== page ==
Dispatches from Bonaire
The morning downpour has finally stopped. Now, sitting on this balcony, gazing out across the thick verdant vegetation of this tropical island, there’s a moment of quiet peace amongst the returning birdsong to reflect on how we ended up in this situation. For, this trip is part of the Joint Multidisciplinary Research Project, itself a mandatory course within the Islands MSc. The JMRP is a groupwork course. It is designed to help our development as researchers through providing us a client and a research prompt. For our group we have been analysing the potential for “Community-Based Tourism” on the Dutch Caribbean island of Bonaire. In brief, Community-Based Tourism is an umbrella term for a tourism sector based on community operated enterprises and co-operative networks. Tourism in Bonaire, famed for its world class diving industry, is in the midst of a transitive moment. The contemporary sector wrestles with challenges such as overcrowding, coral degradation, and inequitable distribution of proceeds. Working in collaboration with the Ministry of Economic Affairs (RVO), this project is part of a wider effort to find sustainable solutions to these issues.
Thus, in September of this year the four of us devised a potential research plan aimed at finding policy recommendations needed for Community-Based Tourism to further develop in Bonaire. Following a meeting with the Ministry in Den Haag, we determined that, as per the grassroots ethos of Community-Based Tourism, qualitative research with the residents and stakeholders of Bonaire would be the most suitable methodology. Initially, this was proposed to be online via video calls. However, as the project progressed, it became more apparent to both us and the Ministry that on the ground research would likely yield far more insightful results. By mid-October, after a series of exchanges with the Ministry, we acquired funding to do just that and spend one week on the island, carrying out observational research and a host of in-depth interviews.
Returning to the present, we have been on Bonaire for around two and a half days now, having completed 5 in-depth interviews. This island has imprinted a powerful impression on us. It is stunningly beautiful. A silvery blue sea that glistens in the sunlight hugs its coastline, the warm waters full of colourful sea life and coral to greet any would-be swimmer or diver. The land is likewise teeming with biodiversity. On a short 20-minute walk to pick up our rental car we saw an uncountable array of birds and lizards, including a large iguana who, like the tourists surrounding it, was soaking in the morning sunrise on the beach. We were also blessed by numerous sightings of flamingos – their elegant bright pink frames crowding the island’s salt lakes. Flamingos are an important symbol of this island, with the only airport being named after them and their motifs dotting the streets and murals of the capital of Kralendijk. Regarding Kralendijk, itself a conglomeration of five former settlements, the city’s residents represent many different cultures from all over the world. One notable experience was Viola (an Indonesian member of the research team) speaking Javanese with a street food vendor from Suriname, a reminder that despite being on other sides of the world, islands such as Bonaire and Java are linked by an enduring legacy of colonialism.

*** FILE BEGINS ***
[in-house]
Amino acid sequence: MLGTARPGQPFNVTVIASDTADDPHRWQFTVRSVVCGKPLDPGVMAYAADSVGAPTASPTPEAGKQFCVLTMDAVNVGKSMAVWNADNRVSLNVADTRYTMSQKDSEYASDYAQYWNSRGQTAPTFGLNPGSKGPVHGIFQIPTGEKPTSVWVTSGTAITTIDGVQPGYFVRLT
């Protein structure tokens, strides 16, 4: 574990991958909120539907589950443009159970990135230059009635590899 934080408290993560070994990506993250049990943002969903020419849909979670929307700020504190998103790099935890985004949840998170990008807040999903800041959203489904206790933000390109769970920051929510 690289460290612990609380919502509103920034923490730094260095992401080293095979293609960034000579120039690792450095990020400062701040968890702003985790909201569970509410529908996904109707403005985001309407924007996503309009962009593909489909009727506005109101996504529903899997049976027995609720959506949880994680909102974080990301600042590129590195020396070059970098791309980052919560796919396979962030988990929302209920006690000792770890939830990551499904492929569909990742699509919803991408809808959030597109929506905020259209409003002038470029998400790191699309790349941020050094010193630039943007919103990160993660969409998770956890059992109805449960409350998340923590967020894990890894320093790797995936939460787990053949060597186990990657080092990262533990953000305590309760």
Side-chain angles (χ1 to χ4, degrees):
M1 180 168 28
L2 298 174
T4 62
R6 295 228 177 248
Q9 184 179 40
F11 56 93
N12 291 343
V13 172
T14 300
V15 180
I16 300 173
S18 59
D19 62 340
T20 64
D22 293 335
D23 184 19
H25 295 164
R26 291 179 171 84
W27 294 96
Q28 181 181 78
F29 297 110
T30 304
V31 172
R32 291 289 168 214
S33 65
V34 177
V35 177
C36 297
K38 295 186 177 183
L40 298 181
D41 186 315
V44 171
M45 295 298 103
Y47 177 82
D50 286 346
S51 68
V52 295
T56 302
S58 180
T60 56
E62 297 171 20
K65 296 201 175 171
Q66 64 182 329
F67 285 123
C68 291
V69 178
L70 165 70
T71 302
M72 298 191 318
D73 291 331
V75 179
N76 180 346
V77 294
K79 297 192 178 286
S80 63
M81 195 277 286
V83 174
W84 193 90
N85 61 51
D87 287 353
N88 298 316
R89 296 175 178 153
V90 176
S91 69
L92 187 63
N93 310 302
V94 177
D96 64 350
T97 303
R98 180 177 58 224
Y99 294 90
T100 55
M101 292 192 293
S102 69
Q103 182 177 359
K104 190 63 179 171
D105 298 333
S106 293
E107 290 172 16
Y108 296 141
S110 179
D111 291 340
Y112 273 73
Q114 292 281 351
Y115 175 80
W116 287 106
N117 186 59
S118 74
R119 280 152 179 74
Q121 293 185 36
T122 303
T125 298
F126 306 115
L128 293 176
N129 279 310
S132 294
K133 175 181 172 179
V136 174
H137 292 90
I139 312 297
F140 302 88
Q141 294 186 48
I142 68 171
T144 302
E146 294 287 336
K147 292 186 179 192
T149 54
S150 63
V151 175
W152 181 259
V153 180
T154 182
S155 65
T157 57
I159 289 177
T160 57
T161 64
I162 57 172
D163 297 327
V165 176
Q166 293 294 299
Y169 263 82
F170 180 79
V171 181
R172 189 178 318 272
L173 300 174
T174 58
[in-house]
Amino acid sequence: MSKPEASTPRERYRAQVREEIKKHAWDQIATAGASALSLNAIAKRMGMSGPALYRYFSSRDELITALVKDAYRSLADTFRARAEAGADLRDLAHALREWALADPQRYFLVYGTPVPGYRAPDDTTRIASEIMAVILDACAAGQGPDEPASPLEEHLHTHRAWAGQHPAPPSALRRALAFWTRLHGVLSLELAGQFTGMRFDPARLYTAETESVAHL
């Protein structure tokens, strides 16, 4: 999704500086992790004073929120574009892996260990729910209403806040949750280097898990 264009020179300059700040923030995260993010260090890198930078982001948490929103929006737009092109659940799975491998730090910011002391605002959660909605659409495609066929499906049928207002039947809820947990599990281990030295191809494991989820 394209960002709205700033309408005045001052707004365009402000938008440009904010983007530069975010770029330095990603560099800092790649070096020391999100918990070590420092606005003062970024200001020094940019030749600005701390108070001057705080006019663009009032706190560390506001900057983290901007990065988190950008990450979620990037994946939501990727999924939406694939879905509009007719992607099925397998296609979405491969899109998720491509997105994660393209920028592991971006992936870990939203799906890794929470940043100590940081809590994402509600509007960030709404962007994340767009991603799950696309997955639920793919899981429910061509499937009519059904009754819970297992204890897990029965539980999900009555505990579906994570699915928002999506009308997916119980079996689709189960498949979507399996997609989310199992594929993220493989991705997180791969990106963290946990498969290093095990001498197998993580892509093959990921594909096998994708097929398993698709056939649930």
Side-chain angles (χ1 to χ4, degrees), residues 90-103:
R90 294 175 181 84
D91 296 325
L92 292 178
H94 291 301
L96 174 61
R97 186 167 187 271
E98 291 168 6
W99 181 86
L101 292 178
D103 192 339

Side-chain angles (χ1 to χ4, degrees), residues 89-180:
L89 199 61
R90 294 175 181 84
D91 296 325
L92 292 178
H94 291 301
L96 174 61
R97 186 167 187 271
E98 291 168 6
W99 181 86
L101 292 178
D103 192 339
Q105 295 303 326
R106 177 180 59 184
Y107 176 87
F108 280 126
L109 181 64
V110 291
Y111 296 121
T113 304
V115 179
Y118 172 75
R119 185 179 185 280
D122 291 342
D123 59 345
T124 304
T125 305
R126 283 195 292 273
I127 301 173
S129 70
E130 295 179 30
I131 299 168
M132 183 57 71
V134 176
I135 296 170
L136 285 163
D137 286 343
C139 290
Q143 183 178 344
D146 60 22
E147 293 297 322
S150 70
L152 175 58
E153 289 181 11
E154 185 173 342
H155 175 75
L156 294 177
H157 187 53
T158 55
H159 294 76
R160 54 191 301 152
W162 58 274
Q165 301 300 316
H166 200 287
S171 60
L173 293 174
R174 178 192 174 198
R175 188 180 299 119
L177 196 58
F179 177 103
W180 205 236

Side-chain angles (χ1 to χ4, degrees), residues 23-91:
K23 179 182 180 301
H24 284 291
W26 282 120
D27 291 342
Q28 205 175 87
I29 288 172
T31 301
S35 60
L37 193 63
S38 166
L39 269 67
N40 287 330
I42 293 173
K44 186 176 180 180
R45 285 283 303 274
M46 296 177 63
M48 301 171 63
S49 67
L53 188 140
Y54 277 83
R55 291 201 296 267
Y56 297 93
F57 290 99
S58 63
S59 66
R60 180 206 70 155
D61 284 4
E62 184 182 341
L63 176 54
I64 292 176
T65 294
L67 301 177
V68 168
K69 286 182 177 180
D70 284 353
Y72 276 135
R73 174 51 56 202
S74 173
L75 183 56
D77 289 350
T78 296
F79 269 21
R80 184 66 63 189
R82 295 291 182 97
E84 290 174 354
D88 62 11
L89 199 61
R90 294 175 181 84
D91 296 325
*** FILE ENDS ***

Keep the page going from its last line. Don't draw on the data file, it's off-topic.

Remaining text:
For there is a nuanced complexity to everything on Bonaire. Unlike Aruba or Curaçao, it is a special municipality of the Netherlands, not a separate country within the Kingdom. Yet you must pay a $75 visitor entry tax upon arrival – they use US Dollars here, not Euros. Further, unlike much of the Netherlands, Bonaire is car dependent, lacking public transportation or a dedicated cycling network. However, the roads themselves are so poor quality in places that only a 4×4 can really travel along them (there was a large rain storm the day prior to our arrival, flooding much of the island’s infrastructure). Inflation and the cost of living here is much higher, with the price of a head of lettuce being $4 or a tub of yogurt $9. As living costs like this are coupled with a minimum wage of less than $7 an hour, economic inequality and poverty has manifested themselves in many corners of island life. From talking to people, there is frustration that many of the major industries on the island are owned by entities not based on Bonaire. The perception is that, despite Bonaire owning one-of-a-kind natural and cultural beauty to attract bountiful tourism, money is taken from the island, not recirculated into the community. Investment and support for Community-Based Tourism initiatives could help, in a small way, to alleviate this
Looking forward into the future, as we traverse along more of the island’s bumpy roads in our little Suzuki Jimmy, this project continues to develop in a dynamic manner. With each observation and insight we are beginning to formulate a clearer picture of the viability of community tourism, and the key challenges its successful implementation will face. Each interview is followed by intense discussion amongst us about the new information we have gathered and what questions we might want to add to our research guide to ask our future participants. By the end of this week, we will have largely completed data collection and will begin the lengthy analytical process of transcribing and coding our interview and observational data. From this we will start the write up of our final report and policy recommendations, as well as preparing presentations of our results for several events, such as a conference with students and young professionals from the Dutch Caribbean.
Text & Photos by: Rodolfo Bassani Jody Holland Viola Angesti Gabriel Araújo Njaim Students in the 2022 intake of the ISLANDS programme